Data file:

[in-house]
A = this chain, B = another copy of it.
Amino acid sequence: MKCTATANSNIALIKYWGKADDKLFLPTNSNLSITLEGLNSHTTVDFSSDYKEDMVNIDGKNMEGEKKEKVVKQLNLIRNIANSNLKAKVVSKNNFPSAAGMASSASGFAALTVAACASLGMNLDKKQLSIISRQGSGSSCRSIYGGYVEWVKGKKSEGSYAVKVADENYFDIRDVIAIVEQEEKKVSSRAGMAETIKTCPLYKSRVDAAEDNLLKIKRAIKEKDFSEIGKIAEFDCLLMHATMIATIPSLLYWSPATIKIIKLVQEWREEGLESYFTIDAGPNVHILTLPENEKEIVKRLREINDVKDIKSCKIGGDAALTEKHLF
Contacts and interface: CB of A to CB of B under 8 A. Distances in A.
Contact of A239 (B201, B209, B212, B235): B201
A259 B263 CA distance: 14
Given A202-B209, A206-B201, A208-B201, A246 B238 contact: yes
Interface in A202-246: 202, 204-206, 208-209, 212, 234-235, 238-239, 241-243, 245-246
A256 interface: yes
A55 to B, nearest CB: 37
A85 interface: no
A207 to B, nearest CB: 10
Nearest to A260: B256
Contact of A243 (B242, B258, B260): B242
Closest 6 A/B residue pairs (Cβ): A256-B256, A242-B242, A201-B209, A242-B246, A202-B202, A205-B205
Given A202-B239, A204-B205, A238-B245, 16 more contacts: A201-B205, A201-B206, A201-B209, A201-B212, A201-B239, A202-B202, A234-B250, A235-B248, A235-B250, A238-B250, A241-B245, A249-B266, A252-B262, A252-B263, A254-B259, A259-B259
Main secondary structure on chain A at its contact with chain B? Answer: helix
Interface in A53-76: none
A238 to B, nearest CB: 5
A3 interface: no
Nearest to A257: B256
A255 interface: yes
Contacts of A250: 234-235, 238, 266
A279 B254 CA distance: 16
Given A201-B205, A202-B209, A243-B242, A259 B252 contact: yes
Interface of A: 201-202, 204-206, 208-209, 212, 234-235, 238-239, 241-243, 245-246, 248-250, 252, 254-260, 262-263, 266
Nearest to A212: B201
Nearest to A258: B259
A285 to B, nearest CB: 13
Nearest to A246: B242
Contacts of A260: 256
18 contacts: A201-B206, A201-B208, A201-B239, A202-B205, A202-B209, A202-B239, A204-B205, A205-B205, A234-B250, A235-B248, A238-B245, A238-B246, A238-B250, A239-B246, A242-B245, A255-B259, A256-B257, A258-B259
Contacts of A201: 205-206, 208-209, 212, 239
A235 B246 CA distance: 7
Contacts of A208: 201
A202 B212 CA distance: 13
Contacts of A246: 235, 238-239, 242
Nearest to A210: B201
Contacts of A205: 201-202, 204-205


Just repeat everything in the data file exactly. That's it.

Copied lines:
[in-house]
A = this chain, B = another copy of it.
Amino acid sequence: MKCTATANSNIALIKYWGKADDKLFLPTNSNLSITLEGLNSHTTVDFSSDYKEDMVNIDGKNMEGEKKEKVVKQLNLIRNIANSNLKAKVVSKNNFPSAAGMASSASGFAALTVAACASLGMNLDKKQLSIISRQGSGSSCRSIYGGYVEWVKGKKSEGSYAVKVADENYFDIRDVIAIVEQEEKKVSSRAGMAETIKTCPLYKSRVDAAEDNLLKIKRAIKEKDFSEIGKIAEFDCLLMHATMIATIPSLLYWSPATIKIIKLVQEWREEGLESYFTIDAGPNVHILTLPENEKEIVKRLREINDVKDIKSCKIGGDAALTEKHLF
Contacts and interface: CB of A to CB of B under 8 A. Distances in A.
Contact of A239 (B201, B209, B212, B235): B201
A259 B263 CA distance: 14
Given A202-B209, A206-B201, A208-B201, A246 B238 contact: yes
Interface in A202-246: 202, 204-206, 208-209, 212, 234-235, 238-239, 241-243, 245-246
A256 interface: yes
A55 to B, nearest CB: 37
A85 interface: no
A207 to B, nearest CB: 10
Nearest to A260: B256
Contact of A243 (B242, B258, B260): B242
Closest 6 A/B residue pairs (Cβ): A256-B256, A242-B242, A201-B209, A242-B246, A202-B202, A205-B205
Given A202-B239, A204-B205, A238-B245, 16 more contacts: A201-B205, A201-B206, A201-B209, A201-B212, A201-B239, A202-B202, A234-B250, A235-B248, A235-B250, A238-B250, A241-B245, A249-B266, A252-B262, A252-B263, A254-B259, A259-B259
Main secondary structure on chain A at its contact with chain B? Answer: helix
Interface in A53-76: none
A238 to B, nearest CB: 5
A3 interface: no
Nearest to A257: B256
A255 interface: yes
Contacts of A250: 234-235, 238, 266
A279 B254 CA distance: 16
Given A201-B205, A202-B209, A243-B242, A259 B252 contact: yes
Interface of A: 201-202, 204-206, 208-209, 212, 234-235, 238-239, 241-243, 245-246, 248-250, 252, 254-260, 262-263, 266
Nearest to A212: B201
Nearest to A258: B259
A285 to B, nearest CB: 13
Nearest to A246: B242
Contacts of A260: 256
18 contacts: A201-B206, A201-B208, A201-B239, A202-B205, A202-B209, A202-B239, A204-B205, A205-B205, A234-B250, A235-B248, A238-B245, A238-B246, A238-B250, A239-B246, A242-B245, A255-B259, A256-B257, A258-B259
Contacts of A201: 205-206, 208-209, 212, 239
A235 B246 CA distance: 7
Contacts of A208: 201
A202 B212 CA distance: 13
Contacts of A246: 235, 238-239, 242
Nearest to A210: B201
Contacts of A205: 201-202, 204-205